"Parabéns menino!"

Translation:Congratulations boy!

3/6/2013, 9:39:50 PM

39 Comments


https://www.duolingo.com/mathyeti

"boy" has a paternalistic connotation here. "Congratulations, kid!" young man?

3/6/2013, 9:39:50 PM

https://www.duolingo.com/vivisaurus
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You could say "menino" just as you could say "boy" in English. Some people say that to friends or family in an affectionate manner, even if they are adults. =)

7/31/2013, 5:54:52 PM

https://www.duolingo.com/Amir472935
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Why not "Congrats guys"?!

2/15/2014, 3:42:35 PM

https://www.duolingo.com/Julidamico
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"Menino" is singular ;)

2/16/2014, 12:26:38 AM

https://www.duolingo.com/PERCE_NEIGE
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guys = caras?

4/16/2014, 1:13:47 AM

https://www.duolingo.com/erikasatel

Menino = singular and refers to a child or a young boy

11/17/2014, 1:06:08 PM

https://www.duolingo.com/hoody

Agreed

3/15/2013, 12:09:36 AM

https://www.duolingo.com/vanusaethan

Yes menino in portuguese means boy, a young man up say until 15 years old.

6/9/2013, 7:59:06 AM

https://www.duolingo.com/positivismus

I know a lot of brazilians who call each other "menino/a" or "filho/a", even though they are 30 and older.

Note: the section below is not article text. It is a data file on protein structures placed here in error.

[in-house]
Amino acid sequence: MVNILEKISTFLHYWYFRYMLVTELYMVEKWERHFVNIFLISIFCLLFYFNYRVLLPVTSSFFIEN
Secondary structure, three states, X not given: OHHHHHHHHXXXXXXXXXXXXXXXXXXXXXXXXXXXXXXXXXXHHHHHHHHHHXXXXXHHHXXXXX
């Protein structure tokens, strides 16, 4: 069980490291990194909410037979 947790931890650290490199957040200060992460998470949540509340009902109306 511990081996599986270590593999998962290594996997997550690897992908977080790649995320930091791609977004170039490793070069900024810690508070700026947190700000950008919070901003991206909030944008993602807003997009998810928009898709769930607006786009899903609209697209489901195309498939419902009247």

7/31/2013, 5:51:55 PM

https://www.duolingo.com/mareninthecity

"Happy birthday" should work here too no?

11/21/2013, 5:04:20 AM

https://www.duolingo.com/vivisaurus
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I don't think so, mareninthecity, because duolingo tends to want the closest translation possible... "parabéns" means "congratulations", and is not necessarily referring to a birthday. "Happy birthday" is "Feliz Aniversário"! =)

11/21/2013, 5:45:19 AM

https://www.duolingo.com/pfeil
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I disagree. Duolingo tends to balance between common sense and all the possible translations/situations. I don't know where you live, but in Belo Horizonte (for those who don't know, a big brazilian city) we use much more 'parabéns' than 'feliz aniversário' for a birthday compliment. And Brazil's 'happy birthday to you' song is sang 'parabéns pra você'.

5/21/2015, 3:28:39 AM

https://www.duolingo.com/DanielBreezy

I'm from Itabira, the nearby city, and we also ever hear “parabéns (pra você)” rather than “feliz aniversário”